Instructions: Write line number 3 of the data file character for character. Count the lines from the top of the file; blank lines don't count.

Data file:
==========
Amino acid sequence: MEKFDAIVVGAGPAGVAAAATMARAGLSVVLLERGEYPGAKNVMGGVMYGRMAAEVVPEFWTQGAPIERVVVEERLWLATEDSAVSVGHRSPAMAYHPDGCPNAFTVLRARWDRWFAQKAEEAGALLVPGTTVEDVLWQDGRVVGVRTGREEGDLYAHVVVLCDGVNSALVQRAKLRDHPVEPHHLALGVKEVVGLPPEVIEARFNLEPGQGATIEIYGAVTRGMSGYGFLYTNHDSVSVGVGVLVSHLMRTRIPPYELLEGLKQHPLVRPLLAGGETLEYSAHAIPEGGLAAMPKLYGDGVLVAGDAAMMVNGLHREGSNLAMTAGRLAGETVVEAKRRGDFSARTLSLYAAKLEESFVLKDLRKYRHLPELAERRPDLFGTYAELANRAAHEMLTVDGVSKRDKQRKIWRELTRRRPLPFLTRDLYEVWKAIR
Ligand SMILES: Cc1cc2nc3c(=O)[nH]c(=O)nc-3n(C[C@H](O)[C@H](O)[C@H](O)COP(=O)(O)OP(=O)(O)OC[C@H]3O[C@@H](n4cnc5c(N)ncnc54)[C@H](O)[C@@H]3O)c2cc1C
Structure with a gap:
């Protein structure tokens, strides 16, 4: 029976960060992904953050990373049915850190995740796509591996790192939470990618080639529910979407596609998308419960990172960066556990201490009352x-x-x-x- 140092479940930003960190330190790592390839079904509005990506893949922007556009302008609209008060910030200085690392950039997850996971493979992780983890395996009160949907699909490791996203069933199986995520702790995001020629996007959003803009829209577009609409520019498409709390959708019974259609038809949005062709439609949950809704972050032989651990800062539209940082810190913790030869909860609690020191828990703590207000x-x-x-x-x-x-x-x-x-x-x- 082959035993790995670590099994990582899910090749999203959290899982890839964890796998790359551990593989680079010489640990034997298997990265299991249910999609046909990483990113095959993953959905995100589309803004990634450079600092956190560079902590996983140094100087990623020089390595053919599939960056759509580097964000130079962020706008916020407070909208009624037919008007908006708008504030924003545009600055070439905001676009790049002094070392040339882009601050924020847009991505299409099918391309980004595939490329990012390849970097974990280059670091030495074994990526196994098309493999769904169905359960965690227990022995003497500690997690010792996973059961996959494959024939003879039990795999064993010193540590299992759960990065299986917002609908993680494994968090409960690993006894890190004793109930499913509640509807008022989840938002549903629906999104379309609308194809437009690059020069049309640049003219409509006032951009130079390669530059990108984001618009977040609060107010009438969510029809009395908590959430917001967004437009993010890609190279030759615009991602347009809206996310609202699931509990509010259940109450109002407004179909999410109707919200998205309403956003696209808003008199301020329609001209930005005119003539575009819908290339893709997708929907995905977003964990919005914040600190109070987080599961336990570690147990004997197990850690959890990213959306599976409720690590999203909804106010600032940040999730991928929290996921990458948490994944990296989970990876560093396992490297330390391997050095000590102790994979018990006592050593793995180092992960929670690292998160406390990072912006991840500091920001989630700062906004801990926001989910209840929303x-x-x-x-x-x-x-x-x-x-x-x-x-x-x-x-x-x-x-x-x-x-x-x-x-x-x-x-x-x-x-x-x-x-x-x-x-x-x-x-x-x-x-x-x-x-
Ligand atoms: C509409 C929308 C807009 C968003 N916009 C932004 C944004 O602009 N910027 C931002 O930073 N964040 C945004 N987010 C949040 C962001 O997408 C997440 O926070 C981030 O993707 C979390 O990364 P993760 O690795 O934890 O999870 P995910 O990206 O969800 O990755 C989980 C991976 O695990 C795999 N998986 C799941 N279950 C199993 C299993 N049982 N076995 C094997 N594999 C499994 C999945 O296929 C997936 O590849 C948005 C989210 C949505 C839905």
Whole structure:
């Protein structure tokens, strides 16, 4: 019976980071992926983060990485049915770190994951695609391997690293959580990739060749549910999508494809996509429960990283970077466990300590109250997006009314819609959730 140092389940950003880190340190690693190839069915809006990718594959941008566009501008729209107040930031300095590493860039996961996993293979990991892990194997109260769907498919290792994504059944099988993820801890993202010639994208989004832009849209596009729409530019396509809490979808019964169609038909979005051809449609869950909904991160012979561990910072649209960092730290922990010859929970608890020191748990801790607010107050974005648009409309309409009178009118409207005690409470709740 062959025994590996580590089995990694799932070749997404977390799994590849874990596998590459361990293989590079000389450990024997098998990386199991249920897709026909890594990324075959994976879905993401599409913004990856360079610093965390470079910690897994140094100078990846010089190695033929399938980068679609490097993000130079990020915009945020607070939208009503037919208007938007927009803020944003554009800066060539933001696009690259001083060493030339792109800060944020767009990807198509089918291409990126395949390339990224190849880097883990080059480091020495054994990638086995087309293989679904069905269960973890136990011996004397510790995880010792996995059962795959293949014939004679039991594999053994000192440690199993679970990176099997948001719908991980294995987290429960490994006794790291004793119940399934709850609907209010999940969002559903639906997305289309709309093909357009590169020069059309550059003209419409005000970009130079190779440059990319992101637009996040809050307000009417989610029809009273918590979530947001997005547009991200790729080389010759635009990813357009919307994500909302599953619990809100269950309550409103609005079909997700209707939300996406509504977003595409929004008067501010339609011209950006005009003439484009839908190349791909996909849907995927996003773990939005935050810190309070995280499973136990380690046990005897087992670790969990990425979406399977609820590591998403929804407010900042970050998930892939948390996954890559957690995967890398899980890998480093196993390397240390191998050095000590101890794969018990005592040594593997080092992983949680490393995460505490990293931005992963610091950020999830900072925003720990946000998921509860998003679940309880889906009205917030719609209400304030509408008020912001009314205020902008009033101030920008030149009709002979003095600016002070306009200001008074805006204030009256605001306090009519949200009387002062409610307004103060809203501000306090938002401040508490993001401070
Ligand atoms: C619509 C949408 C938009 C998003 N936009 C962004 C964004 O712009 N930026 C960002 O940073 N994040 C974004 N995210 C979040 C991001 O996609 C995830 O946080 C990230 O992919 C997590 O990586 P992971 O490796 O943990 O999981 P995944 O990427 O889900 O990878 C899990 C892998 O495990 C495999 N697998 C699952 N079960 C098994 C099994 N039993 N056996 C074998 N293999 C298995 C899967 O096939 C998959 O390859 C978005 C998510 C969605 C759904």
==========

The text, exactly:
Structure with a gap: